Ian Hockley, founder of Dylan’s Wings of Change, spoke at Eastern Regional High School’s staff training on Sept. 2, when staff participated in group activities with an experiential learning component and engaged with each other and reflected on shared experiences.
Hockley also spoke about the epidemic of social isolation and loneliness that emerged with the pandemic, and how empathy is the antidote. He founded Dylan’s Wings of Change and the Wingman Program in 2015, three years after his 6-year-old son Dylan was killed in the Sandy Hook Elementary School shooting in 2012.
His program, geared toward empowering youth and educators, honors Dylan’s life by helping others become “wingmen.”
“I don’t think you teach empathy,” Hockley acknowledged. “You really can just foster it and give people experiences that, as they find their commonalities with other people, there will be empathetic connections.
“We keep my son Dylan at the heart of it because he was the kid who really needed everyone to be his wingman,” Hockley noted. “He took his cues from those around him, but there’s a piece of that in all of us. We all (have) that day when we need someone to check in, a helping hand.”
Through a combination of facilitated group activities and reflections, Dylan’s Wings strives to foster empathy, courage, connection and inclusion. At Eastern, Hockley continued to say that people are more likely to reach out and support someone with whom they have a connection, or someone they’ve interacted with before.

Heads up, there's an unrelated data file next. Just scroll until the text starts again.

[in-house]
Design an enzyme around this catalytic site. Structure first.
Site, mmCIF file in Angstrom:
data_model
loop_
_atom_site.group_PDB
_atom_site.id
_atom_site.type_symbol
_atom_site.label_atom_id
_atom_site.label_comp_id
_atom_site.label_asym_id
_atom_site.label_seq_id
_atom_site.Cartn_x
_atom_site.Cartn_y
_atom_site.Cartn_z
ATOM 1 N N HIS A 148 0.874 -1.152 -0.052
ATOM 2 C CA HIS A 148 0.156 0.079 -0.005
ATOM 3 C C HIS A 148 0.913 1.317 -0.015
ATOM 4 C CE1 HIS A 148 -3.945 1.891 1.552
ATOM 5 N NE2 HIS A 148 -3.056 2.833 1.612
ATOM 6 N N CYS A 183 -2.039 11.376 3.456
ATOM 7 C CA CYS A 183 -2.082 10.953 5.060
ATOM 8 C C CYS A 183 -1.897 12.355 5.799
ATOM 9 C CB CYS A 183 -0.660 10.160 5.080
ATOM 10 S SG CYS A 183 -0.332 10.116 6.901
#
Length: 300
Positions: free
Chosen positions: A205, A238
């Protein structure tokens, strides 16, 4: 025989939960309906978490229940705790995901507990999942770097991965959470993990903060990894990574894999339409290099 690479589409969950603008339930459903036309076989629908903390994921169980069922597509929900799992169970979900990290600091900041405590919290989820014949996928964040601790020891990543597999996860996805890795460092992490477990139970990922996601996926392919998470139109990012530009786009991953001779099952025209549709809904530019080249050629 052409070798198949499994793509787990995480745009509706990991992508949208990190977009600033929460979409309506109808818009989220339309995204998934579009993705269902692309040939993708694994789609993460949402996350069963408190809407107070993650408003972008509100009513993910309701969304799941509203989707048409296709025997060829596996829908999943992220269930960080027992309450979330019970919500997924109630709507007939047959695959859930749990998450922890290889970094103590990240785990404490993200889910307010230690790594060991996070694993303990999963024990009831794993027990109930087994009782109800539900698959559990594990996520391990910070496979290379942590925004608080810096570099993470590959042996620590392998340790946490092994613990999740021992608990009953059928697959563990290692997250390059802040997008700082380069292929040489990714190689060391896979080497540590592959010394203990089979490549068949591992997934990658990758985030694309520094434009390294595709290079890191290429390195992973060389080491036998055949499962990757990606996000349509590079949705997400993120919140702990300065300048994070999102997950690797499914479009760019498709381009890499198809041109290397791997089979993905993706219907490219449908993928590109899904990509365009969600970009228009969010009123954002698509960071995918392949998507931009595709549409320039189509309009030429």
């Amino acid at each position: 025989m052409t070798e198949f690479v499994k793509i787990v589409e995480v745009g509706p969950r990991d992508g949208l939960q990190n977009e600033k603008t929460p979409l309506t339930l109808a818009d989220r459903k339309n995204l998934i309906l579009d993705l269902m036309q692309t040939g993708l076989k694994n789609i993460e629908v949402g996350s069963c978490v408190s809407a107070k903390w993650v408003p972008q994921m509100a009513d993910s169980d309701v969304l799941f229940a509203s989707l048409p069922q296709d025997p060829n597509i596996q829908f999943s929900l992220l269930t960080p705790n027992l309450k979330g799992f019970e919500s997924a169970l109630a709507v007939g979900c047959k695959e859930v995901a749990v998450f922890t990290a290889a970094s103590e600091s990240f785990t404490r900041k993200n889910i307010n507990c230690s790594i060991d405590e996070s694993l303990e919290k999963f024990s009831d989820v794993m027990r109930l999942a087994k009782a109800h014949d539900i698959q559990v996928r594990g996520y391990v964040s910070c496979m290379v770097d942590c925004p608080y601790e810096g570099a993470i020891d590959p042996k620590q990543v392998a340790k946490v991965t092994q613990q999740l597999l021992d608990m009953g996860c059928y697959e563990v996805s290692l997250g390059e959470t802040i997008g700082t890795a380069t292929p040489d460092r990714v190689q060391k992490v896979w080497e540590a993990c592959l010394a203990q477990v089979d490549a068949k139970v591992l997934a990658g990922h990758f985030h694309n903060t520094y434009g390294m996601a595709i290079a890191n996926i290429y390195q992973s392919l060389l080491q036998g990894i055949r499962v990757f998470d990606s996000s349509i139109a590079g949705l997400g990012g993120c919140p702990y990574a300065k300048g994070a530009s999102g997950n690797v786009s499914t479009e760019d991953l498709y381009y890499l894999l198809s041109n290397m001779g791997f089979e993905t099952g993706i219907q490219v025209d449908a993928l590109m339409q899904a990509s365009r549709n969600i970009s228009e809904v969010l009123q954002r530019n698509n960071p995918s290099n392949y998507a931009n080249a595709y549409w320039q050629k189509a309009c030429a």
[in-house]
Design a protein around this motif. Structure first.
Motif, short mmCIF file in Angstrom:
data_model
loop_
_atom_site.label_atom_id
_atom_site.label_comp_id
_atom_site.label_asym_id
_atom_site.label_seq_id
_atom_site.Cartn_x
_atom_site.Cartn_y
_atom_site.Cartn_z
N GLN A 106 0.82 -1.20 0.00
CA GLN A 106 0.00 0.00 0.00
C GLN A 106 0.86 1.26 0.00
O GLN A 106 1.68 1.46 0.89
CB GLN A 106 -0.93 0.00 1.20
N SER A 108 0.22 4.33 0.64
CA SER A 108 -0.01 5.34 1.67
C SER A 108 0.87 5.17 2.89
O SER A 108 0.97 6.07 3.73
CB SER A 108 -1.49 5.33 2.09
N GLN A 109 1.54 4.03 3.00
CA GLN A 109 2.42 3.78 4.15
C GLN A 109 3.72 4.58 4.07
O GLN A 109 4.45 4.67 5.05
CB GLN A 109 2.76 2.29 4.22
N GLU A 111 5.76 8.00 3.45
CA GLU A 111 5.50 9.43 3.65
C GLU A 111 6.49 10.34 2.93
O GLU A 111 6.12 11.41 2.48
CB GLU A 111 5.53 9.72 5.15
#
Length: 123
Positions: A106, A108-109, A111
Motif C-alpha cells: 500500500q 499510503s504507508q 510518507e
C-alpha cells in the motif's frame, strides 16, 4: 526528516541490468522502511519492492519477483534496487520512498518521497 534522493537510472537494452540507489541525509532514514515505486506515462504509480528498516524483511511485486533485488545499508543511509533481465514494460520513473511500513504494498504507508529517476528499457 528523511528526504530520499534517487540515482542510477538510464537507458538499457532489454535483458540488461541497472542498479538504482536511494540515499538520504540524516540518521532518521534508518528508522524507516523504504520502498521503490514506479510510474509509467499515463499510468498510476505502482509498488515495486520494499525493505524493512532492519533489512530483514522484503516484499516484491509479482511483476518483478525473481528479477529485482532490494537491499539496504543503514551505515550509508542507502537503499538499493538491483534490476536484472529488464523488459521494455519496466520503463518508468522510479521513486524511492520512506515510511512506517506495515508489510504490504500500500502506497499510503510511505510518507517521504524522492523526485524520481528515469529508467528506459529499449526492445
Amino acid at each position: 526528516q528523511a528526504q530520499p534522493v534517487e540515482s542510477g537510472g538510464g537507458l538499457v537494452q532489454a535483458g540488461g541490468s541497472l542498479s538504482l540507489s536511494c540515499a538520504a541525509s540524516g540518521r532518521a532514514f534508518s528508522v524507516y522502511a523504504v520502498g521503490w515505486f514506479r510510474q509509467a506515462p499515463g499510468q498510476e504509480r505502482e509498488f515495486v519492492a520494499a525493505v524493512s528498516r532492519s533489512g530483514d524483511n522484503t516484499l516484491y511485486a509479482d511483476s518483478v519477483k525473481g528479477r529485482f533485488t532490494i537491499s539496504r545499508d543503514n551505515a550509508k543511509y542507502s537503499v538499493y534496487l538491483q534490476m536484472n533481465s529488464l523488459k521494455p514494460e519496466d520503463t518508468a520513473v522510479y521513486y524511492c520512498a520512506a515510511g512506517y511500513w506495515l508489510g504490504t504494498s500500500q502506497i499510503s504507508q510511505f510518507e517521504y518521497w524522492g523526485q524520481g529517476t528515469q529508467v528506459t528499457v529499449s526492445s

“It’s about helping them form those bonds, but forming them naturally — not forcing any of this,” he explained. “We’re not forcing friendships; we’re just helping people realize we’re all the same really, deep down.”
Eastern began implementing the Dylan’s Wings program virtually last year, after 15 health- and physical-education staffers were trained as part of summer professional development. In turn, they later trained a cohort of students to become facilitators of peer-to-peer learning and activity sessions run through the Student Alliance, a group of upperclassmen.
This year, Dylan’s Wings will continue to be taught to staff and will be implemented more in health- and physical-education classrooms to help cultivate a supportive environment. The program is at the forefront of the district’s social and emotional learning initiative, according to Dr. Kristin Borda, the director of academic performance and student programs at Eastern.
The effort to incorporate social and emotional learning at the school has existed for years, in the form of a mental-health committee that did mindfulness training and later led a social emotional learning group that has evolved to incorporate Dylan’s Wings of Change in the curriculum.
“It’s not necessarily about teaching mindfulness or breathing (techniques), but how do we support students in self-regulation and self-awareness?” Borda said. “What we’re really trying to do is infuse those principles into things we already do.”
To learn more about Dylan’s Wings of Change, visit https://www.dylanswingsofchange.org/.